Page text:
Suicide Squad #41
By Rob Williams, Eduardo Pansica, Julio Ferreira, Adriano Lucas & Pat Brosseau
Rob Williams and Eduardo Pansica’s Suicide Squad is a fun, enjoyable read that features Batman doing what he does best. Deadshot lies in Belle Reeve prison under Amanda Waller’s care along with the rest of the Suicide Squad, but Batman has other ideas – Deadshot’s daughter has been kidnapped and he believes that Lawton should be the one to rescue her. “You’re the world’s greatest detective, right?” Deadshot asks Batman. To which he replies, “And you’re the world’s greatest assassin.” Anyone would struggle against the two of them on the same team, and Kobra has no chance.
Williams keeps the script tightly plotted and tense, with focused action. The unlikely team-up of Batman and Deadshot is revealed on the front cover. It certainly has the potential to make an interesting premise especially when you remember that this is a Suicide Squad book and not a Batman/Deadshot one, so there are going to be more members of the team involved in the thick of things. As much as Kobra is teased as the ultimate villain, Amanda Waller is very much at the forefront here, as both Alfred and Batman know that if Waller caught Batman, she wouldn’t be afraid to lock him up and use him as another addition to her Suicide Squad.
The storyline of Batman breaking into a prison has been done multiple times before. On the surface there’s nothing new about this issue as it brings a sense of familiarity to the table. But sometimes it doesn’t always have to be new in order to work; the story is well balanced and entertaining enough. Although Suicide Squad isn’t the most consistent title in terms of artists, as another artist is attached for issue 42, penciller Eduardo Pansica nails the gritty, atmospheric and raw feel of the Belle Reeve scenes to keep the down-to-earth feel of the book that matches the commanding structure that it needs.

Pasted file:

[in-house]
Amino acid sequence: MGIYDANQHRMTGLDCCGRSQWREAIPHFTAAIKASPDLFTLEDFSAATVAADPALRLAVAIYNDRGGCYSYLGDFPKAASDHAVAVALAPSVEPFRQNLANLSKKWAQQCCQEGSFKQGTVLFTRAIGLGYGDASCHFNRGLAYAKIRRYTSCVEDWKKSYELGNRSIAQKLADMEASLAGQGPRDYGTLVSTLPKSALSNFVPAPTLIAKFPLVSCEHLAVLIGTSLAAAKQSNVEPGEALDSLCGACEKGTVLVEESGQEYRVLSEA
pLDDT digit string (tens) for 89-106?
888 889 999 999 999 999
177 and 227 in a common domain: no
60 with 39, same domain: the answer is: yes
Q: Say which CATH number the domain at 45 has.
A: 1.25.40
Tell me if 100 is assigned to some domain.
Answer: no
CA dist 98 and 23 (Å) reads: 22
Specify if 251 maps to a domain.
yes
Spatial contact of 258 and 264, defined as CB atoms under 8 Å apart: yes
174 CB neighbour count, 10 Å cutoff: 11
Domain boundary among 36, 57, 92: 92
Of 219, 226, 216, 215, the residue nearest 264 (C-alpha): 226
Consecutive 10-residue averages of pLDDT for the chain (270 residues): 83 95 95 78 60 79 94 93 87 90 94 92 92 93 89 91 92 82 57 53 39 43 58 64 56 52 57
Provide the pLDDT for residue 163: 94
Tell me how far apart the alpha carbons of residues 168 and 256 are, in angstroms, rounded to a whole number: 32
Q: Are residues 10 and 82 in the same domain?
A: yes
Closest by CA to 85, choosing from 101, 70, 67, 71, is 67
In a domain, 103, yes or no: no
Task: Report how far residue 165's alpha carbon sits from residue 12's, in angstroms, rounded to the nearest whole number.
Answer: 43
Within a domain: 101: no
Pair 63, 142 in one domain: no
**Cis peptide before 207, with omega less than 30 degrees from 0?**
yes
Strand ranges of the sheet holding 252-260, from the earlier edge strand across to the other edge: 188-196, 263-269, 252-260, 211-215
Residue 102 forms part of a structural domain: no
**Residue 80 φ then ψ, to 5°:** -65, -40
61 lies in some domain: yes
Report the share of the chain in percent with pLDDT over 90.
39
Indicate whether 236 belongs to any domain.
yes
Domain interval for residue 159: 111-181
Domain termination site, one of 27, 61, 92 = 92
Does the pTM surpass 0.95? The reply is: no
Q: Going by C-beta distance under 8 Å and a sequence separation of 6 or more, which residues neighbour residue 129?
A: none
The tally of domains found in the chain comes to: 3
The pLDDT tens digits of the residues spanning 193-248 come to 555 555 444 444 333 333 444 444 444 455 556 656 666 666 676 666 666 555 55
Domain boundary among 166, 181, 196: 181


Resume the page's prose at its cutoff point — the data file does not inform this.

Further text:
Colourist Julio Ferreira and inker Adriano Lucas both work well together to enhance that feeling of unforgiving roughness that Pansica brings to the table, with Pat Brosseau’s letters get straight to the point throughout the issue. It’s also worth mentioning David Yardin’s fantastic cover art featuring Batman and Deadshot – the sheer potential in having these two characters working together rather than fighting each other is something that Rob Williams will hopefully make the most out of in future issues, especially when you consider what’s at stake for Floyd Lawton here.
Suicide Squad #41 may be a basic set-up that doesn’t feel new, but it’s a solid one that does an effective job at engaging readers’ interests in the arc to come. Putting Deadshot and Batman front and center whilst giving minimal page time to the Squad was a good decision for this arc, but hopefully future issues will spend their time more evenly, especially as the current line-up of Squad members assembled at the issue’s end looks particularly enticing.